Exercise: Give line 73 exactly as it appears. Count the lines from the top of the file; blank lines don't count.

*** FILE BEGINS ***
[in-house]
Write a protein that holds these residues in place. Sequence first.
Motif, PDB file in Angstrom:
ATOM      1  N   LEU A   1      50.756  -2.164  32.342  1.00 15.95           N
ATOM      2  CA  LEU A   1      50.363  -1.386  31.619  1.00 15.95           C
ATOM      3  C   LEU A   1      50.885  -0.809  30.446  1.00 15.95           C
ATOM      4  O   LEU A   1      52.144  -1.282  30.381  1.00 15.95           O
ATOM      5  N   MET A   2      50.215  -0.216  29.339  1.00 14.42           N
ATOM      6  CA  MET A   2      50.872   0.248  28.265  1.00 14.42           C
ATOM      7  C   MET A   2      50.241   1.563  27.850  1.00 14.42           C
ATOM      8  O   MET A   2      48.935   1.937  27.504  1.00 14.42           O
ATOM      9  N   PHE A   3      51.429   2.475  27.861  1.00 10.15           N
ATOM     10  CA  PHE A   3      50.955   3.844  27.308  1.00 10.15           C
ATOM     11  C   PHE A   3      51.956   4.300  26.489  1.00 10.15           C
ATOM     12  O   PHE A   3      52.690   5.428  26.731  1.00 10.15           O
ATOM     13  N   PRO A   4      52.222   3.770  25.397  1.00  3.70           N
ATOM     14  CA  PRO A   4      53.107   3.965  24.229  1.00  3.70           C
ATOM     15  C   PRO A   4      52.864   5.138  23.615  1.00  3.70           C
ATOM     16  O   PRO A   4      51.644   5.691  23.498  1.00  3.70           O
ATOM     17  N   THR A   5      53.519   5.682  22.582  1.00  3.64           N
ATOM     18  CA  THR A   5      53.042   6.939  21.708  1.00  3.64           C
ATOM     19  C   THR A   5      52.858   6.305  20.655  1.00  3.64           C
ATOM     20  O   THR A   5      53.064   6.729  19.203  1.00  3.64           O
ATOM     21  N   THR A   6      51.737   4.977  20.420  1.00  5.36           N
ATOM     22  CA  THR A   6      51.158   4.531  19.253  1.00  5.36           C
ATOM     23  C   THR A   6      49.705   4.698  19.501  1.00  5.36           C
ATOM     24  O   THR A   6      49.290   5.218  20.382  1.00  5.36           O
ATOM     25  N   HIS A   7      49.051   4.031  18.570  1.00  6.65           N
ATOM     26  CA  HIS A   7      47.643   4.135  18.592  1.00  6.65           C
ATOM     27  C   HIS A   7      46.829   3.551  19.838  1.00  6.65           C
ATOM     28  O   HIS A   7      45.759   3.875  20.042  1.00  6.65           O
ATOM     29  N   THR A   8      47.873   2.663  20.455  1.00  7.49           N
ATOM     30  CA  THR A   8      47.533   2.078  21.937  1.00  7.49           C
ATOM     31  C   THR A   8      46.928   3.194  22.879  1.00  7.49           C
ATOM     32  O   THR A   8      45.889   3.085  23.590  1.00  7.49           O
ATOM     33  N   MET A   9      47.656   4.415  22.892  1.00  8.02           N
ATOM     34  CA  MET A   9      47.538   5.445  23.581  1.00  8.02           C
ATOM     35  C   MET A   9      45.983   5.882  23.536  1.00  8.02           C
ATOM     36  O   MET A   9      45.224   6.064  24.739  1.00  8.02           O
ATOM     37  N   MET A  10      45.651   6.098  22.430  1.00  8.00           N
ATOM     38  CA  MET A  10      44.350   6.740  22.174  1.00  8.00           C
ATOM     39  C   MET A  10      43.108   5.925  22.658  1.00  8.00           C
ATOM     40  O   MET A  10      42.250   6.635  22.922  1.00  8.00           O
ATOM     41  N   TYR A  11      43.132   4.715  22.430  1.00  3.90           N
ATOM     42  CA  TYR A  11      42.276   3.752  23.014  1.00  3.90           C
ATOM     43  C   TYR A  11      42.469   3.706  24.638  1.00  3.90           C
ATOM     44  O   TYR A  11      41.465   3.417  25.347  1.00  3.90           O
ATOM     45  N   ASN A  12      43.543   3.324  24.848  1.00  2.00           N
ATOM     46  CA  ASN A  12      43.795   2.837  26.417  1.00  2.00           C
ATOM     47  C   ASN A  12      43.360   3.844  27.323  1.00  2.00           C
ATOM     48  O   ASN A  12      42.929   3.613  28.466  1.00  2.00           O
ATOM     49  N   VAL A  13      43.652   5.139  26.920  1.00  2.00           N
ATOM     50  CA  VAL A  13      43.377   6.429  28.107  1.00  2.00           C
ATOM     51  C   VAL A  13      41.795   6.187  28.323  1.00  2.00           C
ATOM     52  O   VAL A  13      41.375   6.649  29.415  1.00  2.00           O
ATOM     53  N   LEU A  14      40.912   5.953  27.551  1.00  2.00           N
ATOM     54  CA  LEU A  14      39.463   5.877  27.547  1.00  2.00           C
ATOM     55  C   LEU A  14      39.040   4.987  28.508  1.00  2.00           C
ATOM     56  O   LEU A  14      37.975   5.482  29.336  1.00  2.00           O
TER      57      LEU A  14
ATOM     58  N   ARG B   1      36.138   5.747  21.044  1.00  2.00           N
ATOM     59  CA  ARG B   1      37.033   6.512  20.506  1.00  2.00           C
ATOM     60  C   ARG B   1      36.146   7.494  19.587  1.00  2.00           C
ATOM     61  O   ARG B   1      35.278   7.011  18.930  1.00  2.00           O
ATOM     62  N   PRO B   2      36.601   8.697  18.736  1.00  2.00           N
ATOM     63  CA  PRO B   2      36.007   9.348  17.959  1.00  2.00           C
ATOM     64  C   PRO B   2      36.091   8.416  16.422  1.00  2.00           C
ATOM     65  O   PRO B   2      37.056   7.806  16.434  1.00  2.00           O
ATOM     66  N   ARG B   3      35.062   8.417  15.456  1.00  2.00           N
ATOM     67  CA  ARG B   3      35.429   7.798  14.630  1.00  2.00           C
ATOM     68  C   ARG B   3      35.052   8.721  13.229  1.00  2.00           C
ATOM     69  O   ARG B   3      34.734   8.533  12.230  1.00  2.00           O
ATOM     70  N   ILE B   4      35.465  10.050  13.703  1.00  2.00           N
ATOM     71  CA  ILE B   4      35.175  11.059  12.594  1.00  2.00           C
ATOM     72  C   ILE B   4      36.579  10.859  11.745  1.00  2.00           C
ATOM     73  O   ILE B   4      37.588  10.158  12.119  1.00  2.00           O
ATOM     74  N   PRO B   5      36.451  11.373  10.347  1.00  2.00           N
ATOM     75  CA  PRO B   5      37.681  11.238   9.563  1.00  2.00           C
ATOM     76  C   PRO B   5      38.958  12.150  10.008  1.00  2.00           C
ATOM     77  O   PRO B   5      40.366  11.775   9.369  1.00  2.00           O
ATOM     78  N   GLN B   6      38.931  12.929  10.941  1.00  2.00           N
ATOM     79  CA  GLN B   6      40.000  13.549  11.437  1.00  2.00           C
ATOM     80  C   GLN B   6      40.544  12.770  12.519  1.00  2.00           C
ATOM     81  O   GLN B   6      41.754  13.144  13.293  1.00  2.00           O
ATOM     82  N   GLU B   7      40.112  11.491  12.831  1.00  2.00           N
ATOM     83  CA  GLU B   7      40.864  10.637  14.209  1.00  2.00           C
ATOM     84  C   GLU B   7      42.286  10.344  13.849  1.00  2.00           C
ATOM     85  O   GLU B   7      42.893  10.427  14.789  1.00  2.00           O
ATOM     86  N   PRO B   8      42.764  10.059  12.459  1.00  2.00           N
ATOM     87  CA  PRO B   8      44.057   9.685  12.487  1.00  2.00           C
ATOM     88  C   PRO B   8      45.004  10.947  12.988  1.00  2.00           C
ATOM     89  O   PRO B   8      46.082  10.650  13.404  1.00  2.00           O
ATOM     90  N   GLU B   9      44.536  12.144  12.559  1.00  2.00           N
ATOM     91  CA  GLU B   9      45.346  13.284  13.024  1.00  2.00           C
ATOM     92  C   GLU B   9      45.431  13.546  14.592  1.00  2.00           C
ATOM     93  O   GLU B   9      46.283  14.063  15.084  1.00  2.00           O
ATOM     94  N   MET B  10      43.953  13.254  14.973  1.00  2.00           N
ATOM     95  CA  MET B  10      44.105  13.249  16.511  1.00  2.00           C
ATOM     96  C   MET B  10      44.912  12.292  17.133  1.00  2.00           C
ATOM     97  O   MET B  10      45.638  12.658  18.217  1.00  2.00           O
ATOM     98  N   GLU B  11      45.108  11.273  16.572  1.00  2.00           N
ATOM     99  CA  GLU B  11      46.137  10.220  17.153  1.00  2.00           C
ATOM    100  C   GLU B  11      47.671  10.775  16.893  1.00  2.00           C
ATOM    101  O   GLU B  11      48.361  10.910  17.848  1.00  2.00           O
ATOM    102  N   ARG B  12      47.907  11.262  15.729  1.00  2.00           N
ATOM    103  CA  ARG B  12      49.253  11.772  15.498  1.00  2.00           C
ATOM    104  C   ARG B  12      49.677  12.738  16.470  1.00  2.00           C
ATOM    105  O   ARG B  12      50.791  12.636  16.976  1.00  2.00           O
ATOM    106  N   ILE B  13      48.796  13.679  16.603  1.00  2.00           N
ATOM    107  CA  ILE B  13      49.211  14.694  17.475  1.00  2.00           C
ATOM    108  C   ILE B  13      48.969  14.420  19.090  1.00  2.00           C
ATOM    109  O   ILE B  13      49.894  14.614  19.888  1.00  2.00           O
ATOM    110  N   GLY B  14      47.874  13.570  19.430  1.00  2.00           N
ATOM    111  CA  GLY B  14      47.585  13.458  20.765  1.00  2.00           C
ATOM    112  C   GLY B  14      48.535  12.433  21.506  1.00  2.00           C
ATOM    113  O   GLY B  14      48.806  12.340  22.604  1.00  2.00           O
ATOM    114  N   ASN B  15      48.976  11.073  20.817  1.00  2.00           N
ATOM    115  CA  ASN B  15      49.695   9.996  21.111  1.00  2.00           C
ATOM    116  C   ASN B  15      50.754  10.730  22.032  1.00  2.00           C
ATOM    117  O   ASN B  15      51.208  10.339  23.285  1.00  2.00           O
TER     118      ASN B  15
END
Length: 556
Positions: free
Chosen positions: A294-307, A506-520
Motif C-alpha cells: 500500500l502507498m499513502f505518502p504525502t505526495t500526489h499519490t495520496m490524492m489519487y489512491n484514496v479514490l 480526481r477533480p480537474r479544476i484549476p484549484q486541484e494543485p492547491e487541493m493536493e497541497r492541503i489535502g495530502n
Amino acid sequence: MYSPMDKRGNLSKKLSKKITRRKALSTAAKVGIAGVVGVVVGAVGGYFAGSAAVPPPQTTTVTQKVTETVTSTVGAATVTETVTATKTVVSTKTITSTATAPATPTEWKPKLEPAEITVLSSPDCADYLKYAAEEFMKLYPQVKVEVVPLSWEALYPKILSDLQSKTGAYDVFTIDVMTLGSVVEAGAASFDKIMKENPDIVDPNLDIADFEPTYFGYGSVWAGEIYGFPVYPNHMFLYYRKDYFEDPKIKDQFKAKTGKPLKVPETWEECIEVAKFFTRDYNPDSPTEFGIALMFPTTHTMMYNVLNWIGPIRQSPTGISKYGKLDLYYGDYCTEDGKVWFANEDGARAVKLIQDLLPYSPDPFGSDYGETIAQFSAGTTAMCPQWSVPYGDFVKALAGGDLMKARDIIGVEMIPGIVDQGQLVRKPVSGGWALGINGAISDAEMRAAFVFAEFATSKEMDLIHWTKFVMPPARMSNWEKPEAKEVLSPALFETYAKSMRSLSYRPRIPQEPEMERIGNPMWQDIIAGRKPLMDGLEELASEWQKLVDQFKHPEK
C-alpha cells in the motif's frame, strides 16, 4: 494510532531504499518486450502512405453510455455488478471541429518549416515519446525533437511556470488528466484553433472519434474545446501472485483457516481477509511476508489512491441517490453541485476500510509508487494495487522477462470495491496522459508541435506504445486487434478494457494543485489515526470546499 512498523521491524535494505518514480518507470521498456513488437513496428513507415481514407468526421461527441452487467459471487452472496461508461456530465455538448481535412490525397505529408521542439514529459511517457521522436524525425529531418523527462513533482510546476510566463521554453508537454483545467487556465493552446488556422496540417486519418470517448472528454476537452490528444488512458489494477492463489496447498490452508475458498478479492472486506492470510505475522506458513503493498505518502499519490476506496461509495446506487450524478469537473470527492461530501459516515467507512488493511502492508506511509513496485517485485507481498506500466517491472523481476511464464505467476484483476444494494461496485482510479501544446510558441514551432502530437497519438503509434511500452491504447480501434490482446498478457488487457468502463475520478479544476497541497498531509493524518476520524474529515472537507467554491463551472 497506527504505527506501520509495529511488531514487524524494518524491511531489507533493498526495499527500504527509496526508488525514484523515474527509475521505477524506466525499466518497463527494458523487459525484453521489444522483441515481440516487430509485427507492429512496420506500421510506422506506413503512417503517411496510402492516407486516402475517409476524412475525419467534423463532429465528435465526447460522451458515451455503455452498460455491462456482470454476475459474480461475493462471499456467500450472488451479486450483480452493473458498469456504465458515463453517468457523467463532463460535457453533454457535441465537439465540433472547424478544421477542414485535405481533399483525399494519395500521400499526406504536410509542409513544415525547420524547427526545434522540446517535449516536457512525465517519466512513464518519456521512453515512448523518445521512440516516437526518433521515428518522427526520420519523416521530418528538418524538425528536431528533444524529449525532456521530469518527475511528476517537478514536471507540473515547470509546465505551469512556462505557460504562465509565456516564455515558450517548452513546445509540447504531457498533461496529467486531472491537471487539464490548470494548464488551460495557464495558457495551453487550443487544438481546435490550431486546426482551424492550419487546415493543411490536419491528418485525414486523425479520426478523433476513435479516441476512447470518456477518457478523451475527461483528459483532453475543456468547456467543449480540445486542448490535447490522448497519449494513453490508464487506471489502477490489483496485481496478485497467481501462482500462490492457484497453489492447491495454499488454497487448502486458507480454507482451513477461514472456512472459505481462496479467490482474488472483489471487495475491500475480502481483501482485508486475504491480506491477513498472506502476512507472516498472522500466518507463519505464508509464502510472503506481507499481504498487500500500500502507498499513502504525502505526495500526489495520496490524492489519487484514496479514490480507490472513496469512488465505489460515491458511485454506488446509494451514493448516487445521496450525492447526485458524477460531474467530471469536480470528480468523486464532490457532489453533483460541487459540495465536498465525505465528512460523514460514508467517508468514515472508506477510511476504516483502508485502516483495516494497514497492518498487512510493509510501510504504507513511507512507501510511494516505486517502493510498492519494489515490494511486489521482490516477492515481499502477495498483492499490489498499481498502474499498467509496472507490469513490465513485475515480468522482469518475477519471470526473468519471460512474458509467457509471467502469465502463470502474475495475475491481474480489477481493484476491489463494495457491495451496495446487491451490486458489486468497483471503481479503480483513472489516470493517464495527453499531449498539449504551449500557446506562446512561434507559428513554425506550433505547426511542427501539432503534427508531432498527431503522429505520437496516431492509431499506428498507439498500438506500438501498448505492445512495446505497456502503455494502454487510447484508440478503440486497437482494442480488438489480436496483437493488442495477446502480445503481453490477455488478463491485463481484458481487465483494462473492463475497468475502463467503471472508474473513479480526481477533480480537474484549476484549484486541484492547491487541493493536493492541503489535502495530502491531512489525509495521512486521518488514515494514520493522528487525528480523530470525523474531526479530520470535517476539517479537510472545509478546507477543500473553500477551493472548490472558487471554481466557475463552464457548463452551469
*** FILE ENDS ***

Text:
ATOM     70  N   ILE B   4      35.465  10.050  13.703  1.00  2.00           N